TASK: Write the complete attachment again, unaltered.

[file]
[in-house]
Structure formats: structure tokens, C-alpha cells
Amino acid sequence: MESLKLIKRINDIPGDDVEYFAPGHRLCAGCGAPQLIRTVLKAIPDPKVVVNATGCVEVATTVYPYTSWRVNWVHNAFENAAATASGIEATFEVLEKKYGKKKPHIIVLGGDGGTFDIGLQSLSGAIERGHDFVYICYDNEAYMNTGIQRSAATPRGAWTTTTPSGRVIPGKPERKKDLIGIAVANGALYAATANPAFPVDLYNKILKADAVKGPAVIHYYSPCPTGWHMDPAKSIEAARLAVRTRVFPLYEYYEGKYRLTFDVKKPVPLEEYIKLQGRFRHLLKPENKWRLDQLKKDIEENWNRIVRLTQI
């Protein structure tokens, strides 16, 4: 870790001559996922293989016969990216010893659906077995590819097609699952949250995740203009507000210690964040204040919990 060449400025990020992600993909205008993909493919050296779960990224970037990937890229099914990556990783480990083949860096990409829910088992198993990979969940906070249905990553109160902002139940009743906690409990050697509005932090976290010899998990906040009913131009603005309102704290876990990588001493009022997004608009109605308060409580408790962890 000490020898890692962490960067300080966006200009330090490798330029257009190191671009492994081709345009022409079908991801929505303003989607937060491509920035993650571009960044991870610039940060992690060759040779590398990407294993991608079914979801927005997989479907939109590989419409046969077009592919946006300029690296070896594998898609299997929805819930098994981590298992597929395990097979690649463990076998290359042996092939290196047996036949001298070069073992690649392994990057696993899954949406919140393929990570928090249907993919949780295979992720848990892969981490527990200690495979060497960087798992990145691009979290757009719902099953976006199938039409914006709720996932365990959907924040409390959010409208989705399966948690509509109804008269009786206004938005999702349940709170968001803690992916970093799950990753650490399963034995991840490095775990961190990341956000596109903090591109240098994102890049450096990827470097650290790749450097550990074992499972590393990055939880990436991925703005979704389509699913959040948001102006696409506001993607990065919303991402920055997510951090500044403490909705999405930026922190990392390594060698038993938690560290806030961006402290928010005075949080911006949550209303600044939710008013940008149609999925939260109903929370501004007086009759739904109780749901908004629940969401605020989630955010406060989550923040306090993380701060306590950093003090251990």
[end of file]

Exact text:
[in-house]
Structure formats: structure tokens, C-alpha cells
Amino acid sequence: MESLKLIKRINDIPGDDVEYFAPGHRLCAGCGAPQLIRTVLKAIPDPKVVVNATGCVEVATTVYPYTSWRVNWVHNAFENAAATASGIEATFEVLEKKYGKKKPHIIVLGGDGGTFDIGLQSLSGAIERGHDFVYICYDNEAYMNTGIQRSAATPRGAWTTTTPSGRVIPGKPERKKDLIGIAVANGALYAATANPAFPVDLYNKILKADAVKGPAVIHYYSPCPTGWHMDPAKSIEAARLAVRTRVFPLYEYYEGKYRLTFDVKKPVPLEEYIKLQGRFRHLLKPENKWRLDQLKKDIEENWNRIVRLTQI
């Protein structure tokens, strides 16, 4: 870790001559996922293989016969990216010893659906077995590819097609699952949250995740203009507000210690964040204040919990 060449400025990020992600993909205008993909493919050296779960990224970037990937890229099914990556990783480990083949860096990409829910088992198993990979969940906070249905990553109160902002139940009743906690409990050697509005932090976290010899998990906040009913131009603005309102704290876990990588001493009022997004608009109605308060409580408790962890 000490020898890692962490960067300080966006200009330090490798330029257009190191671009492994081709345009022409079908991801929505303003989607937060491509920035993650571009960044991870610039940060992690060759040779590398990407294993991608079914979801927005997989479907939109590989419409046969077009592919946006300029690296070896594998898609299997929805819930098994981590298992597929395990097979690649463990076998290359042996092939290196047996036949001298070069073992690649392994990057696993899954949406919140393929990570928090249907993919949780295979992720848990892969981490527990200690495979060497960087798992990145691009979290757009719902099953976006199938039409914006709720996932365990959907924040409390959010409208989705399966948690509509109804008269009786206004938005999702349940709170968001803690992916970093799950990753650490399963034995991840490095775990961190990341956000596109903090591109240098994102890049450096990827470097650290790749450097550990074992499972590393990055939880990436991925703005979704389509699913959040948001102006696409506001993607990065919303991402920055997510951090500044403490909705999405930026922190990392390594060698038993938690560290806030961006402290928010005075949080911006949550209303600044939710008013940008149609999925939260109903929370501004007086009759739904109780749901908004629940969401605020989630955010406060989550923040306090993380701060306590950093003090251990």